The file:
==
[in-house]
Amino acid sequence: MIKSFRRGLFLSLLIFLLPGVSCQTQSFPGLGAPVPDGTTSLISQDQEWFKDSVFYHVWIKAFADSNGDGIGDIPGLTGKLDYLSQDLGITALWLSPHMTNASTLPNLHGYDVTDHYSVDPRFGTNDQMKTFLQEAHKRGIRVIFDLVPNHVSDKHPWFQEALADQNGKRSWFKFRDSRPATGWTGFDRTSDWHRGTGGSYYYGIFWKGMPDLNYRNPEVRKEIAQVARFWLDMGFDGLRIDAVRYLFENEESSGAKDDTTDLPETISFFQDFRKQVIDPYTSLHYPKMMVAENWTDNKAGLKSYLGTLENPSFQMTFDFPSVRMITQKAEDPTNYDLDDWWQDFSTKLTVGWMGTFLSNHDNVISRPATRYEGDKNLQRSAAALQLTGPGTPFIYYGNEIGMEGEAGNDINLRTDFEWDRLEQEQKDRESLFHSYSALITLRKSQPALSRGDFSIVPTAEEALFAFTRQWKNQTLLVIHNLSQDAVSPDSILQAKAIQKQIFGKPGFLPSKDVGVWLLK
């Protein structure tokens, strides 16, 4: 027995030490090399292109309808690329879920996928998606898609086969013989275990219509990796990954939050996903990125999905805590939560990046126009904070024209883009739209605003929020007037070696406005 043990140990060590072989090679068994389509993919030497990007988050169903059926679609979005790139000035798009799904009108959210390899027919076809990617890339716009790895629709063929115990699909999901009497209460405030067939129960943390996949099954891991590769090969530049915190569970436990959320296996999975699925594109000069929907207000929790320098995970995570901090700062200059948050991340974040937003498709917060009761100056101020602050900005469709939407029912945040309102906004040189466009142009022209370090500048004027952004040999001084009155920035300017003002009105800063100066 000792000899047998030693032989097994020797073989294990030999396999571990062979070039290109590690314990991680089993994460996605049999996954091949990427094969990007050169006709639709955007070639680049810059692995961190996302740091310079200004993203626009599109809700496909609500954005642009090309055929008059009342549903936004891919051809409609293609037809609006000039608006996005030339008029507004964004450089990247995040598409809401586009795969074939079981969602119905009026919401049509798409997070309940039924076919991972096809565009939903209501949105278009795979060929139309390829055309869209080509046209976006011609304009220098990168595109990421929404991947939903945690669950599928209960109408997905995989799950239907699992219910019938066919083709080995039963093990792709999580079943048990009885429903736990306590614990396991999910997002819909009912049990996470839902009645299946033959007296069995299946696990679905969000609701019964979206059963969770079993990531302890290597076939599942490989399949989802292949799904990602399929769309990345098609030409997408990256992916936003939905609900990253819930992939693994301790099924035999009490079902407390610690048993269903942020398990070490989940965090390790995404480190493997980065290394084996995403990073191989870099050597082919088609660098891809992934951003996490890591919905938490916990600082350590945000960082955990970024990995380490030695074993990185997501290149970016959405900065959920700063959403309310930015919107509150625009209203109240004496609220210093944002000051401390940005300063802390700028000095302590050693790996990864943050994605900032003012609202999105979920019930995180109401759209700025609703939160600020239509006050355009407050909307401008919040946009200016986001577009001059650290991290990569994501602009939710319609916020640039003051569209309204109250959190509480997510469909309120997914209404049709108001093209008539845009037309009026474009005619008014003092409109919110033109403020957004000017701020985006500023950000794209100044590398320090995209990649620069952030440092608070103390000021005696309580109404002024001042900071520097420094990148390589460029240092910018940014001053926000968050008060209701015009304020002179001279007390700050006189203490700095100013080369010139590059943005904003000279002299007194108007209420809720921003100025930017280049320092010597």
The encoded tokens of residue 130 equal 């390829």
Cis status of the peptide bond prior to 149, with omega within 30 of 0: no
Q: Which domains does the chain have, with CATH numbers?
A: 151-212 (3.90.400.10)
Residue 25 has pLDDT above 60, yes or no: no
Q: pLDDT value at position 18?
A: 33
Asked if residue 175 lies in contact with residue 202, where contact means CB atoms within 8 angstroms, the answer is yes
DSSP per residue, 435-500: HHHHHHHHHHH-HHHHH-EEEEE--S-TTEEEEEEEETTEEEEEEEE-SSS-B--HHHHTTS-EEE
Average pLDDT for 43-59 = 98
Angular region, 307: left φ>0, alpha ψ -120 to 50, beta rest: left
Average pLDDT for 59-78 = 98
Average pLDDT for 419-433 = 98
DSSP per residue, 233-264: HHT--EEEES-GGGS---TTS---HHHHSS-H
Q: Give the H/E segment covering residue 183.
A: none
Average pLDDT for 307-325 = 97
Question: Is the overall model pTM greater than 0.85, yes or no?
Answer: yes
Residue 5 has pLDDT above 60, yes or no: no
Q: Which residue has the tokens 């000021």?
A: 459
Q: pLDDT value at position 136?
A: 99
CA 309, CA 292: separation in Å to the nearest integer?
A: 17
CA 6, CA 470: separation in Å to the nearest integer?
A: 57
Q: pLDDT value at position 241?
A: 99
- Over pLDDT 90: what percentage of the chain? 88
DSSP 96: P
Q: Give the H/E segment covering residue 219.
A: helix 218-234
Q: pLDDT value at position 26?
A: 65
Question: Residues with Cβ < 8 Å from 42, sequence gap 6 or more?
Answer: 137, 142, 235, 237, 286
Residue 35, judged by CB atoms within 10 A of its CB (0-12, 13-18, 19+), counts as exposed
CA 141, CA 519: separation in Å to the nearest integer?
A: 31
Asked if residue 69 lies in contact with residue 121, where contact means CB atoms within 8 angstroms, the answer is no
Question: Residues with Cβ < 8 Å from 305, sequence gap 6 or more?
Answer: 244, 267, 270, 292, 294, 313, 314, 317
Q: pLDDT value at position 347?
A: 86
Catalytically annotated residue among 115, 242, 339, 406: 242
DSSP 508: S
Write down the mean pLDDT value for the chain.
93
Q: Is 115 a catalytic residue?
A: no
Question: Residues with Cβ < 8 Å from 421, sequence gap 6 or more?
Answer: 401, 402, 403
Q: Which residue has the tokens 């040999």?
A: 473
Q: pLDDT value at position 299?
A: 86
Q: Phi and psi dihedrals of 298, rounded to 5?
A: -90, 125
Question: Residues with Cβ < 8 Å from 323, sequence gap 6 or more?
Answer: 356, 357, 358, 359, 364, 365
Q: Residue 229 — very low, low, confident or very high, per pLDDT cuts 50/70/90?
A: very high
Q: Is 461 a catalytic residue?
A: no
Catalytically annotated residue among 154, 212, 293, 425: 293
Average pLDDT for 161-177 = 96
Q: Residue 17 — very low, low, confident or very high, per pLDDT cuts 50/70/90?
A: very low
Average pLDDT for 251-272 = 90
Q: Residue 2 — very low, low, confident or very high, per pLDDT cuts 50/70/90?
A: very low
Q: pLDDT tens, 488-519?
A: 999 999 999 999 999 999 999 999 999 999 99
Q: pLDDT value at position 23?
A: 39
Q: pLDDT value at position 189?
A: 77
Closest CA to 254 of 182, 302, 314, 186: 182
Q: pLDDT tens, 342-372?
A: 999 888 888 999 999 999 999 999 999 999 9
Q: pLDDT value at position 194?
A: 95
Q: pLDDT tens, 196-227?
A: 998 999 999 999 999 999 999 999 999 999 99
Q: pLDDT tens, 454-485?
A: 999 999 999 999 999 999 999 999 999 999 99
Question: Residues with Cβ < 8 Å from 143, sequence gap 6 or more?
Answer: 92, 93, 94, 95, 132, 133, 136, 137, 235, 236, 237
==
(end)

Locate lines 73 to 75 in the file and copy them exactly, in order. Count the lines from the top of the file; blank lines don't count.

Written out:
A: very low
Average pLDDT for 251-272 = 90
Q: Residue 2 — very low, low, confident or very high, per pLDDT cuts 50/70/90?